Archivé — Letter from Clearnet (En anglais seulement)

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January 6, 1999

Mr. Michael Helm
Director General
Telecommunications Policy Branch
Industry Canada
300 Slater Street
Ottawa, Ontario
K1A 0C8

Dear Mr. Helm:

This refers to your letter dated January 4, 1999 concerning Clearnet's request for temporary relief from application of the spectrum cap and requesting further information.

Quite frankly, we are concerned with this new request as we believe that the Department already has all the information necessary to make its decision on the temporary relief application and that this request for further information is unnecessary and redundant and only serves to delay the process further. Indeed, we have been previously and repeatedly assured by Department officials that we had already provided all the necessary information to the Department.

In Gazette Notice DGTP-015-98, the Department stated the following:

Our time frame for a decision on the Spectrum Cap is early spring, 1999. Should this schedule be problematic to any entity, it may submit an application requesting temporary relief for a particular geographical area, and for a certain amount of spectrum, pending the outcome of the review. Any such applications will be made available to the public on the Industry Canada Internet site referenced above for comment for a period of 30 days after which the Department will deal expeditiously with the request. (emphasis added)

We note particularly the fact that the Department noted that it intended to deal "expeditiously" with the request following the 30 day comment period, clearly in this context referring to a timeframe in terms of days, and perhaps a week at the most. Nevertheless, well over a month (currently 38 days) have now passed from the close of the comment period, and what was originally foreseen as an "expeditious" process taking just a little more than 30 days or so (including the comment period) has now been underway for considerably longer, and now is threatening to be delayed even further, particularly with this new information request. We note that early spring will soon be upon us, and the Department runs the rather perverse risk of making its "expeditious" decision after the final policy decision has been concluded!!!!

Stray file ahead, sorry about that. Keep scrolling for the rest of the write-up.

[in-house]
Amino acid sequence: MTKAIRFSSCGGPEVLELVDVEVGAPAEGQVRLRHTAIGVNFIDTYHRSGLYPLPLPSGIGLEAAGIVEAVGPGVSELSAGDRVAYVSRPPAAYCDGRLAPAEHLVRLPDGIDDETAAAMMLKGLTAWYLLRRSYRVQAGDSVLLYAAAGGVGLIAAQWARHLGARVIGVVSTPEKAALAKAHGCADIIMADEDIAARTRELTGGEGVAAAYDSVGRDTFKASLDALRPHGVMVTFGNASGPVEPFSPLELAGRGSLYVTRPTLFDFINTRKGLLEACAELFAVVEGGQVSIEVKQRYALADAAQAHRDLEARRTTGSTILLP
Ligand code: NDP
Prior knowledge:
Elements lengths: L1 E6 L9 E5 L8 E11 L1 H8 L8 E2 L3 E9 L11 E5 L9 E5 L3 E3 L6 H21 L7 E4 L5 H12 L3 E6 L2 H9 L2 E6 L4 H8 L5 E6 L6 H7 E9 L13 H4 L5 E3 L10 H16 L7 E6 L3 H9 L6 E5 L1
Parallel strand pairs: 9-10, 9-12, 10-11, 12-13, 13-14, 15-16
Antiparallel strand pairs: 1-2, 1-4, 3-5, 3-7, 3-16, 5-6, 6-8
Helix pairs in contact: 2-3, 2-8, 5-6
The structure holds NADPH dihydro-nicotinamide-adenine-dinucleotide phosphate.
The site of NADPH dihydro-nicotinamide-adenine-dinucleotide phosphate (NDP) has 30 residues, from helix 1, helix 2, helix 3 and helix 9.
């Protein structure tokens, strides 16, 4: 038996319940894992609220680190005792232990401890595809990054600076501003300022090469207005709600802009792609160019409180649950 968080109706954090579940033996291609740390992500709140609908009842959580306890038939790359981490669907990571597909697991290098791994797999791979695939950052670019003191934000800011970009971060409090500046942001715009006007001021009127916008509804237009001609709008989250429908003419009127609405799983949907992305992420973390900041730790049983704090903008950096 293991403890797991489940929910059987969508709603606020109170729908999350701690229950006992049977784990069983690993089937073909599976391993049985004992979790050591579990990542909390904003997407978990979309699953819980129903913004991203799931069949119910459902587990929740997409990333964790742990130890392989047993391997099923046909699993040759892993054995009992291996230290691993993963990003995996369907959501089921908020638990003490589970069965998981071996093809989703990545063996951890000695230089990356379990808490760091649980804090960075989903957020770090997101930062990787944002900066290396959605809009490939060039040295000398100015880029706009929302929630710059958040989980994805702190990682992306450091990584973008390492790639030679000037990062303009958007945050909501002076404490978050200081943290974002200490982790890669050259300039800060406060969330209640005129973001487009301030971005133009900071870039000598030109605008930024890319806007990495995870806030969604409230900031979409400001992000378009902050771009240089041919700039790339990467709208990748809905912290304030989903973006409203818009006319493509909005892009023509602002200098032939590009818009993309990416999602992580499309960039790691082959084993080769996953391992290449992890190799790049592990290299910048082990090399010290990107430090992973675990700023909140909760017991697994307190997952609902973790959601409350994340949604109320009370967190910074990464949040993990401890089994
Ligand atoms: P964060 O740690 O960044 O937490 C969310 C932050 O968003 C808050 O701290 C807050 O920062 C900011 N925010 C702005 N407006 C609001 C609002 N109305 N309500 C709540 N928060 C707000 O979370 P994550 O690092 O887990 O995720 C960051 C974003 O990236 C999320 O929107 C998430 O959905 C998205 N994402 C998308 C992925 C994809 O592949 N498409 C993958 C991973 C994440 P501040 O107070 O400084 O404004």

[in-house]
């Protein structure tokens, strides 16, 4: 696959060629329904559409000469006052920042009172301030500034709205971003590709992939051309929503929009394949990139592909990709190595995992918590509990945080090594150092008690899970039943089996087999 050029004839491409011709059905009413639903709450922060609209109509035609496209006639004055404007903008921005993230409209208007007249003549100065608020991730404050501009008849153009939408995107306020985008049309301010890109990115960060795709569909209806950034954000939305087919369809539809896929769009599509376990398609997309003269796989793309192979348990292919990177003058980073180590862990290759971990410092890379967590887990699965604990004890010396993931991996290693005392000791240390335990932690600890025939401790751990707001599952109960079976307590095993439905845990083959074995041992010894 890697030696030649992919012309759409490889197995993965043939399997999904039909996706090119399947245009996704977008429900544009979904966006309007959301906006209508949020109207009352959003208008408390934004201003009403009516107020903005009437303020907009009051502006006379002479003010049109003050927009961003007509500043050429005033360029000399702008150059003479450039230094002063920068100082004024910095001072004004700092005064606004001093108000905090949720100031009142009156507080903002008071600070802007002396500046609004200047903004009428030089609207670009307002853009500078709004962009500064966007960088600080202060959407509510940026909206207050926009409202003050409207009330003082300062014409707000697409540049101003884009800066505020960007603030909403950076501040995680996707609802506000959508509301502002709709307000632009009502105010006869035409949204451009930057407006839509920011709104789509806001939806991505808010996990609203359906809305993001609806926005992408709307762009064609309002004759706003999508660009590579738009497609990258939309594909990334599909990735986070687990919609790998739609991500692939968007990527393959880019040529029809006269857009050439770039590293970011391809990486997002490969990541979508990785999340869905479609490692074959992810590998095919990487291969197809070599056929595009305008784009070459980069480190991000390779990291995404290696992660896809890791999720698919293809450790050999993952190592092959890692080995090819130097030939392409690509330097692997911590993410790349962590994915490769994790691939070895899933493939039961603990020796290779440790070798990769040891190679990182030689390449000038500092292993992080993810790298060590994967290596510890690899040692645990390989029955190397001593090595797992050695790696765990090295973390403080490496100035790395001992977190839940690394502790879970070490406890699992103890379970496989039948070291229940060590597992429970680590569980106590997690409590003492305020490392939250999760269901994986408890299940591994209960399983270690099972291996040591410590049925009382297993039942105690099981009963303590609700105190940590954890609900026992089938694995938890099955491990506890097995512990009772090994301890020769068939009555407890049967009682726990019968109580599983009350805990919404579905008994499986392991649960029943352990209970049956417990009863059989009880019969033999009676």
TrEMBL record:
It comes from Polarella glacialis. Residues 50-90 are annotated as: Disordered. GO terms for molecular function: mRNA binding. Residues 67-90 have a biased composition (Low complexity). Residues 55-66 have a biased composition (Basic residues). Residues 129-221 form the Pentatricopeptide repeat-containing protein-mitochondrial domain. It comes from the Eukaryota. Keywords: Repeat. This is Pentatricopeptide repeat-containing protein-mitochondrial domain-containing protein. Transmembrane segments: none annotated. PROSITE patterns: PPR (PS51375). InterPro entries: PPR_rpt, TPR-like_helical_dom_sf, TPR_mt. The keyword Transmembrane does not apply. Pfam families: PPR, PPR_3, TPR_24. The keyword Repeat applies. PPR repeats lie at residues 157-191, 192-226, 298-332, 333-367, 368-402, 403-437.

After hearing senior officials within the Department espousing the fact that "speed wins", and having high hopes and expectations for Canada's ability to move fast, it is somewhat discouraging to witness the reality of the Department's execution of "expeditious" in actual practice. While we support the Department's responsibility to listen to the concerns of all parties, the rather transparent gaming and delay tactics of certain of our competitors based on factually flawed arguments must not be allowed to unduly hinder moving forward, particularly when this is only an interim decision which will be subject to the final policy decision in any event.

In any event, the information requested is provided below, and we trust that this will allow the Department to finally proceed to make its decision on the temporary relief application without further delay or additional redundant rounds having to take place in the "expeditious" process.

As noted in our letter of October 22, 1998 Clearnet is seeking temporary relief in the Toronto / Golden Horseshoe area of Ontario and any specific information provided below is based on this area.

I am pleased to provide the following responses to your specific questions:

  1. How is Clearnet's spectrum within the spectrum cap currently deployed?

    Clearnet is licensed for 30 MHz of PCS spectrum of which only 5 MHz is currently being utilized. Clearnet also is licensed for or currently has available for licensing a total of 13.7 MHz of spectrum (274 channel pairs @ 50KHz each) in the 806-821/851-866 MHz band, of which 200 channels (10 MHz) are currently being utilized for ESMR and the remaining 74 channels (3.7 MHz) are either being utilized for analog SMR service or are awaiting deployment for ESMR pending the requested relief.